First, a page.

The reason I stress about figuring out and building wealth that I can leave behind for future generations is not just for materialistic goals but to be able to make impactful changes. For me the most important thing is to end the financial struggles my family face. Let’s perpetuate generational wealth and not the ‘black tax’. Today’s post is all about our daily finances and why it is so important to fix it now so that our great grandkids can still benefit after we are no longer around. This is known as building generational wealth. I am always careful in my posts about finance because I am not a financial advisor. What I know is what I have experienced, what has been shared with me and what I have learned on my journey to become financially unburdened.
Growing up African, specifically Ghanaian going on “holidays” always came across as unimportant and practically a waste of money. Before you jump the gun, I know not everyone is the same. But collectively as a whole this was an outlook held by a majority. In many ways this came from a poverty mindset, lack of experience and exposure. Fortunately for me as I got older this mindset began to shift within my family and we began to do more travelling. By the time I was eleven we had visited the neighbouring countries around Ghana. Togo, Burkina Faso and Ivory Coast. One place we visited that I oddly remember vividly was Paga Crocodile Pond. From this town is the No Man’s Land between Ghana and Burkina Faso. This is a place where people go to see, feed and take pictures with very friendly crocodiles on the surface, that is the short and long of it, but this place is steeped in culture of an adapted a lifestyle with the crocodiles.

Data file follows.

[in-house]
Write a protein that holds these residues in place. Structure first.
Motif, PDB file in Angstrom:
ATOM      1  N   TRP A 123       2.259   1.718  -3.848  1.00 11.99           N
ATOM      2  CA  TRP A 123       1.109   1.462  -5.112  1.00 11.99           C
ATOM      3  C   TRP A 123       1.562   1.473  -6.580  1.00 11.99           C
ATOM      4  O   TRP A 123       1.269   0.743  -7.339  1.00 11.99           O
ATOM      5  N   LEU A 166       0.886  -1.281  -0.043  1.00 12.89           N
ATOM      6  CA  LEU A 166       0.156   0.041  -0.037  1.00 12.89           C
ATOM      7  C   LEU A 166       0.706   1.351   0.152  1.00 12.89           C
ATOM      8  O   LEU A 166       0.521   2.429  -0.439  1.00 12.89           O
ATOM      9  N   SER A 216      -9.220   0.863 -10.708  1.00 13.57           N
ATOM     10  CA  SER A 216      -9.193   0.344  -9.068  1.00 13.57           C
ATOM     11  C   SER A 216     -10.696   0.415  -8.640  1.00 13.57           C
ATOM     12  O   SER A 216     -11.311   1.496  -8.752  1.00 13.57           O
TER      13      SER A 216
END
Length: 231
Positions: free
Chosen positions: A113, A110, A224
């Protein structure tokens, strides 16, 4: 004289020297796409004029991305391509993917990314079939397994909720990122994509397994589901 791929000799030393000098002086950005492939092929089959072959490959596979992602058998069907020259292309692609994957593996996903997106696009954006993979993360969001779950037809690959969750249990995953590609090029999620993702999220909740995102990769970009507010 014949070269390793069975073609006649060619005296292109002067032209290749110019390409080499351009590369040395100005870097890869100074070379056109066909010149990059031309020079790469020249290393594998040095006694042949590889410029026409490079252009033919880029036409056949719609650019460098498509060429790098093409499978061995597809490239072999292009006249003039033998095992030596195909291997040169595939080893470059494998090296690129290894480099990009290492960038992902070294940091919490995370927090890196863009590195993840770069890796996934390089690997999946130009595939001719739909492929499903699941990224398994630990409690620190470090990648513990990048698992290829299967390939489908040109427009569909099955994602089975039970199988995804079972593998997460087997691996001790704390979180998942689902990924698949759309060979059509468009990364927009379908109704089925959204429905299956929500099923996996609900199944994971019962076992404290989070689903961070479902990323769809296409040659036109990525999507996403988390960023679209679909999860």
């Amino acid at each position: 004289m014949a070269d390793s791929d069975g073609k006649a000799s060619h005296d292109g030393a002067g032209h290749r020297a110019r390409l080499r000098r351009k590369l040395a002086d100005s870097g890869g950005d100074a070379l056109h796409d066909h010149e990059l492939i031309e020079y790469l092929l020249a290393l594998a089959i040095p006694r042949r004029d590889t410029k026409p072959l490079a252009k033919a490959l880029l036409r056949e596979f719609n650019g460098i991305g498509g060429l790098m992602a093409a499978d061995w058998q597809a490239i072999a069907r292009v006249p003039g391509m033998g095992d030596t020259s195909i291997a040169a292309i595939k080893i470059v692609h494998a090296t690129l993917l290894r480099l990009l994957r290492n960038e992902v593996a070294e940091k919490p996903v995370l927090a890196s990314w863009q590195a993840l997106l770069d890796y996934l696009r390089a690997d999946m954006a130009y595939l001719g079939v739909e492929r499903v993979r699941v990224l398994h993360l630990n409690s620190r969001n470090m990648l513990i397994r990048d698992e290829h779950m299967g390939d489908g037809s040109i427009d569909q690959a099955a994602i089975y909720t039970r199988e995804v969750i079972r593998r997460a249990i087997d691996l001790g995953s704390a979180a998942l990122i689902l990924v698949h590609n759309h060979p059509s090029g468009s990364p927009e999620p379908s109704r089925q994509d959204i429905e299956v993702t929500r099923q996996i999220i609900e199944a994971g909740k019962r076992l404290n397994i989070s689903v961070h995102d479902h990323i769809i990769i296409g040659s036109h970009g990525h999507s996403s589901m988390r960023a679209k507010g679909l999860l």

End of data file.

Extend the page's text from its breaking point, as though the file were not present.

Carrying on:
There’s a lot that can be said about a person when it comes to their name. In fact naming is quite important in everything. For example in business and branding the name can make or break the company. Let’s take #IssaMovement for example, that is the embodiment of the team and what we are trying to achieve, creating a movement to change mindsets in our community, provoke change and empower future generations. The name simple conveys that message. There really issa movement occurring (get it 😉).
There is a running joke among African communities, especially with the ‘children/ youth/ millennials’. The joke is, you only get three career options to pick from. Lawyer, Doctor, Engineer. There might be other options but most of these options are all academically driven. Now, most of my posts usually derive from the conversations that I have with my friends. On this very topic, I couldn’t help but notice that those of us who fell on the creative side of the spectrum were not “understood”, I think that’s the best way to put it. Now, in many ways, I believe this is because it isn’t something that’s seen or encouraged widely therefore why encourage your child to pursue something you do not foresee them succeeding in?
If there was ever a word that had its own existence, it would be this. The N word is living and breathing right among us. It is casually used by every race, even though some will swear on everybody’s grave that they don’t use it. As we all know the term is a racial slur used by Caucasians during slavery to create a social hierarchy, which allowed them to exploit, manipulate and keep blacks at the bottom for hundreds of years. This post, however, is not to reflect on this history but discuss the interesting and somewhat confusing survival of the N-word within the black community.